The first thing UNODC should have done to really dissolve controversies about harm reduction is to call for the abolishment of criminal sanctions against drug users and the revision of the UN drug conventions. Of course UNODC is also aware of these simple facts, but it was not willing to address these problems in its discussion paper. On the contrary, it tries to present the drug control system as a consistent, all-encompassing structure which is completely based on scientific evidence and common sense, while we know it simply isn’t. As Upton Sinclair, a devoted prohibitionist put it, people don’t understand something if their salary depends on not understanding it. UNODC argues that harm reduction is not controversial – but it even doesn’t dare to name harm reduction in its official documents but uses the ridicolous euphemism: „reducing the adverse health and social consuequences of drug abuse.” This language does not reflect what harm reduction really is. First, harm reduction as a philosophy and practice cannot be reduced to a mere complementary tool of demand reduction policies as „tertiary prevention” (as the UNODC paper does), or subordinated to the goal of abstinence as „low thresehold services” (as the EU drug strategy does). What harm reduction actually is a double-edged sword designed to fight not only the direct harmful consequences of drug abuse, like overdose deaths or blood born diseases, but also against the harms created by prohibition, also spreading through the world like a contagious disease. In fact, many harms the UNODC contributes to the simple use of illicit drugs is generated by the drug control system per se: crime, poisonings, infections, overdose deaths, corruption and many others.
Second, the essence of harm reduction as an approach does not lay in the denial of abstinence as a possibly feasible and valuable goal, but in the refusal of abstinence as an absolute and fundamental goal of drug related interventions. „Provisions of appropriate evidence-based clinical services for rehabilitation of patients dependent on drugs who are motivated to stop drug abuse should be considered as the highest priority,” states the UNODC paper. But how can you call this approach evidence-based and compassionate if you know that the vaste majority of problem drug users are simply not ready to stop drug use but they are in an urgent need of services reducing the harms of their drug use? It doesn’t sound evidence-based and compassionate to prioritize services not appropriate for the majority of your target group while life-saving, badly needed services are lacking and you say they are not the priority. To avoid any misunderstandings: I m not saying that abstinence-based treatment is not an incredibly important service which should be made available for everybody who needs it. But there are millions of people for whom abstinence is not a feasible goal of treatment and for them the top highest priority is the access to harm reduction services. As an Afro-American minister said well: „If you want to save souls, first you have to save lives.” If somebody dies today of AIDS or overdose, you cannot rehabilitate him tomorrow: the absolute priority is to save his life and improve his health condition. I think it is not the goal of treatment (abstinence or harm reduction) what should be made the fundamentum of drug policy but the right to health of drug users and the community. We cannot subordinate the health and well-being of drug users to the goal of abstinence.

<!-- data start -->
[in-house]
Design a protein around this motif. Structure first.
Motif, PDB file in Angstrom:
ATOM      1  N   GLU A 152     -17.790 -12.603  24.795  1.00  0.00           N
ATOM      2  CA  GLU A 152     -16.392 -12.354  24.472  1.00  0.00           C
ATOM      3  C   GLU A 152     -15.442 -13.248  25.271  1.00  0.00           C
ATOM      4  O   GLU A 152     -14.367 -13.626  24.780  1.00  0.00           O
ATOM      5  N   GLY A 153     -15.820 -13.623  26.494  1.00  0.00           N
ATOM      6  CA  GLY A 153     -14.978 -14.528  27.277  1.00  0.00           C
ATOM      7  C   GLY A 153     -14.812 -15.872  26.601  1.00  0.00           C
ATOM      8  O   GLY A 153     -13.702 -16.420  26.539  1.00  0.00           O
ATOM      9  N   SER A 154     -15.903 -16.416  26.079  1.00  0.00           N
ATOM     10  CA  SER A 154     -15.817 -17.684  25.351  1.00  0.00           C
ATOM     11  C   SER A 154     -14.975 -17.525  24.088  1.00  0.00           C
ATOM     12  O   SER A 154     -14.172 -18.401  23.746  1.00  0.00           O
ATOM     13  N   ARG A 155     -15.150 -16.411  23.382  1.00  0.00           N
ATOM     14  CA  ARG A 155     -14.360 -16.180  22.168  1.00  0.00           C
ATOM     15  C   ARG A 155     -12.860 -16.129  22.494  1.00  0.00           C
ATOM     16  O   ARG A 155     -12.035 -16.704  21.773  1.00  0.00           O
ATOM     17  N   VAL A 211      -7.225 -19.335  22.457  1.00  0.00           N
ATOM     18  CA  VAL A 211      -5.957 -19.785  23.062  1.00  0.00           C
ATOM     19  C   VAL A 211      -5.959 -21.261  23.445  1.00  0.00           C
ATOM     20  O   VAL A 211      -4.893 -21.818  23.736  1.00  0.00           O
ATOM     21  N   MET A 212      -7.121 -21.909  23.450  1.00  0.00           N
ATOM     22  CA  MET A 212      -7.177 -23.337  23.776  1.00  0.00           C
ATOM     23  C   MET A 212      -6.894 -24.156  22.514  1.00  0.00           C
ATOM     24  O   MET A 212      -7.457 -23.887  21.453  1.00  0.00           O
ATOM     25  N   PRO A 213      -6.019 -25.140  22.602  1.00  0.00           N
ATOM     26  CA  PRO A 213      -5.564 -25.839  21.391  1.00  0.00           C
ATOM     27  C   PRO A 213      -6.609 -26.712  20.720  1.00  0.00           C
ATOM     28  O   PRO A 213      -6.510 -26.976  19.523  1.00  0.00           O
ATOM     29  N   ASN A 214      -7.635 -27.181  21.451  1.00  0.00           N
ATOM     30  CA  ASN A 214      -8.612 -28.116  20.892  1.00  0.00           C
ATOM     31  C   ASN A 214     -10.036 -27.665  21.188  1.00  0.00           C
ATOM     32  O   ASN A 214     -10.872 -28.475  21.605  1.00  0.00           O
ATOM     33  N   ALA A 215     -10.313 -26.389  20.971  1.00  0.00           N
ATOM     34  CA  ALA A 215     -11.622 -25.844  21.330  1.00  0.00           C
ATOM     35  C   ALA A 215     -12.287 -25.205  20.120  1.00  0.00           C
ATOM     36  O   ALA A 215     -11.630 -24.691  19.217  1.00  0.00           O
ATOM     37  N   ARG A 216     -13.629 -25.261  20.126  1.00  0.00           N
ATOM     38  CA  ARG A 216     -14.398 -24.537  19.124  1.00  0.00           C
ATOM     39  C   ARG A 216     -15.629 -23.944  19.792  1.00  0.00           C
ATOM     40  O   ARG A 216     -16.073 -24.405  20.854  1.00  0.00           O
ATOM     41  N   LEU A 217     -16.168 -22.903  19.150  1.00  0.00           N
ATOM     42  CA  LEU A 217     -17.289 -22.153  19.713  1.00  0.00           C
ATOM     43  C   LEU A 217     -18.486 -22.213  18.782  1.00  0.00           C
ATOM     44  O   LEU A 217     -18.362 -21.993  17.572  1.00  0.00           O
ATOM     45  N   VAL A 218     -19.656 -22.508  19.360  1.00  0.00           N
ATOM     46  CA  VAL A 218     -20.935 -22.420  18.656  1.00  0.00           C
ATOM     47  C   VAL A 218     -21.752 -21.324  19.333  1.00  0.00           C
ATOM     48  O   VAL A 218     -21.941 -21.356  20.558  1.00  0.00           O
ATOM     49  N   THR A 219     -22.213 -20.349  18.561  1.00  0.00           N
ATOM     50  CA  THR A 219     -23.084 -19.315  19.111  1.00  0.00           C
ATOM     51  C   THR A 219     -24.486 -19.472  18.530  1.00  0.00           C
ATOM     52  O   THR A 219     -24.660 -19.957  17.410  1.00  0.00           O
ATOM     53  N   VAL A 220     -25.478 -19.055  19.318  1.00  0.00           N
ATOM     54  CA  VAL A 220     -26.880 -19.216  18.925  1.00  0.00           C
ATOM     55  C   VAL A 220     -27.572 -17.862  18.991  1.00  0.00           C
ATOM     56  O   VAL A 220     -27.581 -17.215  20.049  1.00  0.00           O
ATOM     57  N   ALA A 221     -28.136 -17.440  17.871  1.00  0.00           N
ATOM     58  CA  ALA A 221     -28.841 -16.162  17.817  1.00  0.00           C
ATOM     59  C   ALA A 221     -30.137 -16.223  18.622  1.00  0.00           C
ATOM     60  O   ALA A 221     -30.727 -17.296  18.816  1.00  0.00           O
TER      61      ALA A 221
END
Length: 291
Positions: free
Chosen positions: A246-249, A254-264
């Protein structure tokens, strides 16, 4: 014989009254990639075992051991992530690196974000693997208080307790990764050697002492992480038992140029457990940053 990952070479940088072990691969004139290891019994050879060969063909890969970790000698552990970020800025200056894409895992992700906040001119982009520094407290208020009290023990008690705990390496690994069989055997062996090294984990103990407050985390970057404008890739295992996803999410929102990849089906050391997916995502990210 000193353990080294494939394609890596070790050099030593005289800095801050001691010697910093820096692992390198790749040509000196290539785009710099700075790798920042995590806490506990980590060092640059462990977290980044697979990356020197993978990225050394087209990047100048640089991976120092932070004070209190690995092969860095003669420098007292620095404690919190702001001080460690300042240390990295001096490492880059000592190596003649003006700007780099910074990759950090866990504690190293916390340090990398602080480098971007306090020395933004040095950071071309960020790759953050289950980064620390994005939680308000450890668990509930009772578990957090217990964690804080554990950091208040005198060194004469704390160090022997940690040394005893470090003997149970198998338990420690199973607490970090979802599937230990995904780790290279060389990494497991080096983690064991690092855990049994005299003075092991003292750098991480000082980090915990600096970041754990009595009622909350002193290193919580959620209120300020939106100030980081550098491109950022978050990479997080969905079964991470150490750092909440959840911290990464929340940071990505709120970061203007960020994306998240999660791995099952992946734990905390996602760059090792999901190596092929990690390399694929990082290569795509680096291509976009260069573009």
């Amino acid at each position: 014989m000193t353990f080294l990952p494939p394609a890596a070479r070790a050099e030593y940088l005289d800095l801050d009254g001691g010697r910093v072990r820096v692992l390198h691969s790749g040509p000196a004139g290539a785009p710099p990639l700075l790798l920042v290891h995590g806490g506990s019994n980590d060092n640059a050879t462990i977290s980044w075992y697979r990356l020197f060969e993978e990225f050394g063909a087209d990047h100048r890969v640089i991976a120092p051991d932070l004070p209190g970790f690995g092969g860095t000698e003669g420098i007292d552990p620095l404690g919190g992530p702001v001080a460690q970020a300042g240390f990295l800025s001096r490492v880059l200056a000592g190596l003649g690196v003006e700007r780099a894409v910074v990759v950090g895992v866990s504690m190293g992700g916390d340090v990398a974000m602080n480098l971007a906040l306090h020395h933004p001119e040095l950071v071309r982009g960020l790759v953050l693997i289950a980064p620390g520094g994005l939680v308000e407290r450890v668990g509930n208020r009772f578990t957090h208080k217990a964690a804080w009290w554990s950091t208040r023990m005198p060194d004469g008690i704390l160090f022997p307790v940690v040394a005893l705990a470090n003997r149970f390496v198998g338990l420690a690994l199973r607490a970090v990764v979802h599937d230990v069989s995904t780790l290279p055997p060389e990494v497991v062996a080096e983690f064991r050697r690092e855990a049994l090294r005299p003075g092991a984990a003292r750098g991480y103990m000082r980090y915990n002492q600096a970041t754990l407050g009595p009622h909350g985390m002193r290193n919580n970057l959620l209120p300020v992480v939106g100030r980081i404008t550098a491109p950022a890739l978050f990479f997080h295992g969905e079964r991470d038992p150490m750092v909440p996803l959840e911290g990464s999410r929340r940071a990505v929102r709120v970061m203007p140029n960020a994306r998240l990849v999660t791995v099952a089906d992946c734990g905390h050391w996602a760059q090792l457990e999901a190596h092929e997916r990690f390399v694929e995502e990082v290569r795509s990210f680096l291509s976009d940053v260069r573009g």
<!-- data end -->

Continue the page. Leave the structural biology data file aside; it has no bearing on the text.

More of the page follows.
And here we face the core problem of the UN drug control system: it was not created to serve the human rights, health and well-being of people who use drugs and who are affected by drug use, but to pursue an ideology-driven agenda to eradicate drug use from the surface of the globe. Peter Cohen is right when he compares the global prohibition regime to a church with irrefutible dogmas laid down by the Holy Synods a long time ago, with its own Holy Inquisition, the INCB, persecuting all heretical interpretations of the conventions. I m a regular participant of the Commission on Narcotig Drugs (CND), a major decision making forum of the UN drug control system, and as I m sitting in the large, solemn hall as an NGO observer surrounded by government delegates, I almost feel like an atheist attending a charismatic Christian community meeting, or rather like a pagan visiting a church council. The „bishops” and „cardinals” of remote countries are reiterating the dogmas and litanies laid down by the holy synods of New York and Vienna, either with an eschatological zeal or with a dispassoinate monotony. Aberrations from the dogmas in the name of science, compassion or basic common sense is not tolerated, dissidents and heretics are intimidated by the Holy Inquisition and are liable for self-criticism. There is another analogy for UN drug meetings: the last congresses of the Communist Party in my region of Europe, where party functionaries were gathering to discuss ideologically selected issues which have nothing to do with the urging everyday reality of their people. There are many delegates tired of the old ways and old rhetorics, meaningless slogans and commonplaces. Many know that this system became an outdated, self-contradicted memorial of an idea which was once percieved by the founding fathers in a beatific vision as the key to a new, more humane world. After passing the five and ten year plans, one after another, each failed to build socialism/prohibition agaisnt human nature, they had to realize that it just doesn’t work. The system once they believed to be a solution for all problems became the problem itself. There are not many though who dare to speak out against the system and they only whispering in the corridors about the new heresy, harm reduction. We know that one day Arianism was considered orthodoxy in the Roman Catholic Church and the Nicean Creed was persecuted as a heresy. However, times were changing, and today Arianism became a heresy while the Nicean Creed triumphed as orthodoxy. Today harm reduction is a heresy, but I strongly believe that it is the orthodoxy of tommorrow.